Ask your doctor about adding beets to your diet. Beets are an excellent source of dietary fiber, vitamin B, iron, vitamin C (an immune-booster), potassium (for healthy nerve and muscle function), and manganese (good for bones, liver, kidneys, and pancreas). They are commonly believed to be good for your heart, liver, and colon. And they contain phytochemicals that are good for your eyes and nerve tissues, as well as lutein, an antioxidant that helps protect the eyes from age-related macular degeneration and cataracts.
Simple and Tasty Ways to Prepare Them
If you’ve ever picked up fresh beets from the farmer’s market, you may not have known that the leafy part is edible and packed with vitamin K. Don’t waste those leaves! They taste similar to kale and are simple to prepare. Just cut them into large pieces, saute in a pan with a little olive oil and some garlic, and eat them as a side dish or add them to some pasta. Or try this recipe for Simple and Delicious Beets from Allrecipes.com.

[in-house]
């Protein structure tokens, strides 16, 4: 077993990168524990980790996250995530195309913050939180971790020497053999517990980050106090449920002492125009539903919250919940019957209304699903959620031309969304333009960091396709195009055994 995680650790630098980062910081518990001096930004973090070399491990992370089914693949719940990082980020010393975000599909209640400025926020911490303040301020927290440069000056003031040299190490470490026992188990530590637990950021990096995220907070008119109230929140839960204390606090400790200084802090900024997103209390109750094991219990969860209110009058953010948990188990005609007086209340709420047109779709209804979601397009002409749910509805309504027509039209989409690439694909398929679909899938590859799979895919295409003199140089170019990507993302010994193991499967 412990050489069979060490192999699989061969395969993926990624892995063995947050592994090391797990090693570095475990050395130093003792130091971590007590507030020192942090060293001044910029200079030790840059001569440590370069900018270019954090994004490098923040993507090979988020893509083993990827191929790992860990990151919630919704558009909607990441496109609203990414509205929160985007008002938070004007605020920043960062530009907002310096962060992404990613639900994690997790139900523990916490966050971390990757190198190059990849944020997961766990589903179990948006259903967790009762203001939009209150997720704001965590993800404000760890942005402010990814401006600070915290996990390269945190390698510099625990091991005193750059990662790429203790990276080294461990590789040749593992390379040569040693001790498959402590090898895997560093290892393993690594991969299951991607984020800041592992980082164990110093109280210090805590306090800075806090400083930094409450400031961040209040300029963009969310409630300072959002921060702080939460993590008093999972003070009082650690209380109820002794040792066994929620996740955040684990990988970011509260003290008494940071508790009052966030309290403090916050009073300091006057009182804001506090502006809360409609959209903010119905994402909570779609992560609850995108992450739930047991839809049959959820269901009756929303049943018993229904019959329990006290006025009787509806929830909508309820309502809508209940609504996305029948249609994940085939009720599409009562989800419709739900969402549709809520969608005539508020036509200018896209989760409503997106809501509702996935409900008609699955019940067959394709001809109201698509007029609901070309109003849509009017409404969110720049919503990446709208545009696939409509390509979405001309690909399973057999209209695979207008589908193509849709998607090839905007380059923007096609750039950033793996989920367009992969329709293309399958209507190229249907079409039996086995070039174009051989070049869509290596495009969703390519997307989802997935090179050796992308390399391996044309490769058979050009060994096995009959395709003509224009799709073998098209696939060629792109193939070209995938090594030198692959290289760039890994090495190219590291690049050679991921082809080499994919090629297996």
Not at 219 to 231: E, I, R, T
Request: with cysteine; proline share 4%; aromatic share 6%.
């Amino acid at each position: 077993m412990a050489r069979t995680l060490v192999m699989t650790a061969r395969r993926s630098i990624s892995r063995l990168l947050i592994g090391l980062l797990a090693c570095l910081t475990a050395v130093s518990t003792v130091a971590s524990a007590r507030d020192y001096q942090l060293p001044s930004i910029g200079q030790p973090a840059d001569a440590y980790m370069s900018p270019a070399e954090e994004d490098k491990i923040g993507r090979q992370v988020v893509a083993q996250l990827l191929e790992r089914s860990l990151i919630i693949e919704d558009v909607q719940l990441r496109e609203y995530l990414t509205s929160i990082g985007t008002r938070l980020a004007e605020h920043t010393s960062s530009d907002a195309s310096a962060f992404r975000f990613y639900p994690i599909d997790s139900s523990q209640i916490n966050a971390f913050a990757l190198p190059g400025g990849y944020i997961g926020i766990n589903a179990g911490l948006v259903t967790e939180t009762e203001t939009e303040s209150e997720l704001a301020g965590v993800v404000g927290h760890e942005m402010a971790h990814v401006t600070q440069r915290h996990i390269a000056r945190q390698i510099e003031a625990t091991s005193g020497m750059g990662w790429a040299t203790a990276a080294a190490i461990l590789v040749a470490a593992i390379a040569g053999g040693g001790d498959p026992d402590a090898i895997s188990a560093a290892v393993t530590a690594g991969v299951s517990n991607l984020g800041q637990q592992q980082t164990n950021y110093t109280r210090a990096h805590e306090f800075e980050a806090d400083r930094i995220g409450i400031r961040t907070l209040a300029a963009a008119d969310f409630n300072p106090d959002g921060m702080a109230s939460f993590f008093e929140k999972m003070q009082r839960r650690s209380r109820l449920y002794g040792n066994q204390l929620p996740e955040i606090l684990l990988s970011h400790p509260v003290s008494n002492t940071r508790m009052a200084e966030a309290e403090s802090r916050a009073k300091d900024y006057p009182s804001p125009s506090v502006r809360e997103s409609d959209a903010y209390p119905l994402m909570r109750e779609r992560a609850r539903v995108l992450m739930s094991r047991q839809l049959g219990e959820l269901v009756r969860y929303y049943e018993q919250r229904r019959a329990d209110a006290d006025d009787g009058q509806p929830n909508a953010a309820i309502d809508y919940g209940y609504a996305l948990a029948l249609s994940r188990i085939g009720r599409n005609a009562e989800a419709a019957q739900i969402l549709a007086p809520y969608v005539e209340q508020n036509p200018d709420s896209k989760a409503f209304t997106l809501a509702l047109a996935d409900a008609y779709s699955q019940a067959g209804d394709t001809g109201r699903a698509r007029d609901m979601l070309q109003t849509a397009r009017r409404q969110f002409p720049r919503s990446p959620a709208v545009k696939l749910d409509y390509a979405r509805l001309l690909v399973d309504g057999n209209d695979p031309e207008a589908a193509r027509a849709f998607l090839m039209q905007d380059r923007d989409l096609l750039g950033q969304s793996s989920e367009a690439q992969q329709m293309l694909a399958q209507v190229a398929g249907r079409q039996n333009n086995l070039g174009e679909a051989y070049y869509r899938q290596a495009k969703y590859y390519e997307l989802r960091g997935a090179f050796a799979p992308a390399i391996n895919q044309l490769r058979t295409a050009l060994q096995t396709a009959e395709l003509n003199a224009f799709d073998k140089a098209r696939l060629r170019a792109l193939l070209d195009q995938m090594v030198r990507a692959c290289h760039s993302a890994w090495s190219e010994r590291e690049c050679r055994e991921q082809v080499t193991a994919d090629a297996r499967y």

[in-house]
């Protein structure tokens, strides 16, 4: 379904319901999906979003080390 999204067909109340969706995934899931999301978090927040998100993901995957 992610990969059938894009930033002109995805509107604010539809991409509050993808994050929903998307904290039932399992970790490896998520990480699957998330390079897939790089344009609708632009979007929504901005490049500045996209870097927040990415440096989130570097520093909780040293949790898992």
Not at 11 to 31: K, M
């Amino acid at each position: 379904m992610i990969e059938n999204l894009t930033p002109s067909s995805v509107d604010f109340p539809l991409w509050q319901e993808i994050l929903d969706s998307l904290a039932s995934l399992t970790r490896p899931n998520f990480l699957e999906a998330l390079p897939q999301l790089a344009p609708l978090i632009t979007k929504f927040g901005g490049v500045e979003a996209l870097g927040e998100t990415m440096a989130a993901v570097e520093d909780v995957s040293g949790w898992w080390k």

As for the beet part, which contains a good amount of fiber, you can grate them raw to add to a salad or slice them and combine with baby spinach, kale leaves, nuts, and feta to make a heart-healthy dinner salad. You can also roast them in the oven. Wrap each beet individually in foil and bake at 350 degrees F until they are tender. Or try this yummy Beets and Herbs Salad recipe from Food 52.
You can also be adventurous and use every part of the beet in one recipe with this Roasted Beets and Sauteed Beet Greens recipe from Allrecipes.com.